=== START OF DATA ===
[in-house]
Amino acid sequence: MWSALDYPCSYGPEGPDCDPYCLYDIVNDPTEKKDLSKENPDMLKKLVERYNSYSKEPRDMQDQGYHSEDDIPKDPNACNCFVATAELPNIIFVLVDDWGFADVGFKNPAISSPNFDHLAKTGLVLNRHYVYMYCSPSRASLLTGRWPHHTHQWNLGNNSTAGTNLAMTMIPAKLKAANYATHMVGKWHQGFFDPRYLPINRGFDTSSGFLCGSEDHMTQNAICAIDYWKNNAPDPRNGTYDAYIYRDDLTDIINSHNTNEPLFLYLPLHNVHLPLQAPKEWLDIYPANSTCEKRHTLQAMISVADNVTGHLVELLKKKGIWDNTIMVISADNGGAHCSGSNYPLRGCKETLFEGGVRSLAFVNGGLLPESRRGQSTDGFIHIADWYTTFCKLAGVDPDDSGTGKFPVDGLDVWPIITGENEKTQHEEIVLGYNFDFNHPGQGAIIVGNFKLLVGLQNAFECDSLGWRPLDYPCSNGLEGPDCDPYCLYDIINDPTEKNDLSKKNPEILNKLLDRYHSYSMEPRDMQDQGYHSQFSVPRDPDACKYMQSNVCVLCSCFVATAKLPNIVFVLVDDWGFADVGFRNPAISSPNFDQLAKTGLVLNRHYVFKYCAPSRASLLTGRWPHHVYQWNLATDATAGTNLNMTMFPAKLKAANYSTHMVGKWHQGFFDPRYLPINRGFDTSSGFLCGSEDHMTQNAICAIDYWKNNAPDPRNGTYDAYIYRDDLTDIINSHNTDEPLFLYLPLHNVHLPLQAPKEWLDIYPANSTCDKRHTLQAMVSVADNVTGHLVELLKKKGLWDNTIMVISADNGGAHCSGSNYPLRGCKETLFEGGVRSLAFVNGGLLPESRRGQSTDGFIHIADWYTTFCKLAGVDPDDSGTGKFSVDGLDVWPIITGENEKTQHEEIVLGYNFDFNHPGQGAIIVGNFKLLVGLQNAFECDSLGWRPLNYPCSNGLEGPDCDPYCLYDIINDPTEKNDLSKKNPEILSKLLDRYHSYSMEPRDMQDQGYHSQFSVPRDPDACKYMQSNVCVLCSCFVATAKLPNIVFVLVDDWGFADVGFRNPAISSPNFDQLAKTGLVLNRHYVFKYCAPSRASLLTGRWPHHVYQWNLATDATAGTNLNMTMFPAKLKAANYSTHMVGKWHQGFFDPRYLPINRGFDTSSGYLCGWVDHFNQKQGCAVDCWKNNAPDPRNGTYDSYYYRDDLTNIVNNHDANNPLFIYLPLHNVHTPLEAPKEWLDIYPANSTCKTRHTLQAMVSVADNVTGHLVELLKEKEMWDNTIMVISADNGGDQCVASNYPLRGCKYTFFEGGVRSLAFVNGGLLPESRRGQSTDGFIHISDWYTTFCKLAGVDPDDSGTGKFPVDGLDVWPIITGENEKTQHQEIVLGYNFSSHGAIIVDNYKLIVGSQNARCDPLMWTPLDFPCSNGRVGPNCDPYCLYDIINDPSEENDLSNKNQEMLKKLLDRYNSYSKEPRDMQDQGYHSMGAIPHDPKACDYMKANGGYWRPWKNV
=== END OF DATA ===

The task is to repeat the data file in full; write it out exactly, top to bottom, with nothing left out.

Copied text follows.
[in-house]
Amino acid sequence: MWSALDYPCSYGPEGPDCDPYCLYDIVNDPTEKKDLSKENPDMLKKLVERYNSYSKEPRDMQDQGYHSEDDIPKDPNACNCFVATAELPNIIFVLVDDWGFADVGFKNPAISSPNFDHLAKTGLVLNRHYVYMYCSPSRASLLTGRWPHHTHQWNLGNNSTAGTNLAMTMIPAKLKAANYATHMVGKWHQGFFDPRYLPINRGFDTSSGFLCGSEDHMTQNAICAIDYWKNNAPDPRNGTYDAYIYRDDLTDIINSHNTNEPLFLYLPLHNVHLPLQAPKEWLDIYPANSTCEKRHTLQAMISVADNVTGHLVELLKKKGIWDNTIMVISADNGGAHCSGSNYPLRGCKETLFEGGVRSLAFVNGGLLPESRRGQSTDGFIHIADWYTTFCKLAGVDPDDSGTGKFPVDGLDVWPIITGENEKTQHEEIVLGYNFDFNHPGQGAIIVGNFKLLVGLQNAFECDSLGWRPLDYPCSNGLEGPDCDPYCLYDIINDPTEKNDLSKKNPEILNKLLDRYHSYSMEPRDMQDQGYHSQFSVPRDPDACKYMQSNVCVLCSCFVATAKLPNIVFVLVDDWGFADVGFRNPAISSPNFDQLAKTGLVLNRHYVFKYCAPSRASLLTGRWPHHVYQWNLATDATAGTNLNMTMFPAKLKAANYSTHMVGKWHQGFFDPRYLPINRGFDTSSGFLCGSEDHMTQNAICAIDYWKNNAPDPRNGTYDAYIYRDDLTDIINSHNTDEPLFLYLPLHNVHLPLQAPKEWLDIYPANSTCDKRHTLQAMVSVADNVTGHLVELLKKKGLWDNTIMVISADNGGAHCSGSNYPLRGCKETLFEGGVRSLAFVNGGLLPESRRGQSTDGFIHIADWYTTFCKLAGVDPDDSGTGKFSVDGLDVWPIITGENEKTQHEEIVLGYNFDFNHPGQGAIIVGNFKLLVGLQNAFECDSLGWRPLNYPCSNGLEGPDCDPYCLYDIINDPTEKNDLSKKNPEILSKLLDRYHSYSMEPRDMQDQGYHSQFSVPRDPDACKYMQSNVCVLCSCFVATAKLPNIVFVLVDDWGFADVGFRNPAISSPNFDQLAKTGLVLNRHYVFKYCAPSRASLLTGRWPHHVYQWNLATDATAGTNLNMTMFPAKLKAANYSTHMVGKWHQGFFDPRYLPINRGFDTSSGYLCGWVDHFNQKQGCAVDCWKNNAPDPRNGTYDSYYYRDDLTNIVNNHDANNPLFIYLPLHNVHTPLEAPKEWLDIYPANSTCKTRHTLQAMVSVADNVTGHLVELLKEKEMWDNTIMVISADNGGDQCVASNYPLRGCKYTFFEGGVRSLAFVNGGLLPESRRGQSTDGFIHISDWYTTFCKLAGVDPDDSGTGKFPVDGLDVWPIITGENEKTQHQEIVLGYNFSSHGAIIVDNYKLIVGSQNARCDPLMWTPLDFPCSNGRVGPNCDPYCLYDIINDPSEENDLSNKNQEMLKKLLDRYNSYSKEPRDMQDQGYHSMGAIPHDPKACDYMKANGGYWRPWKNV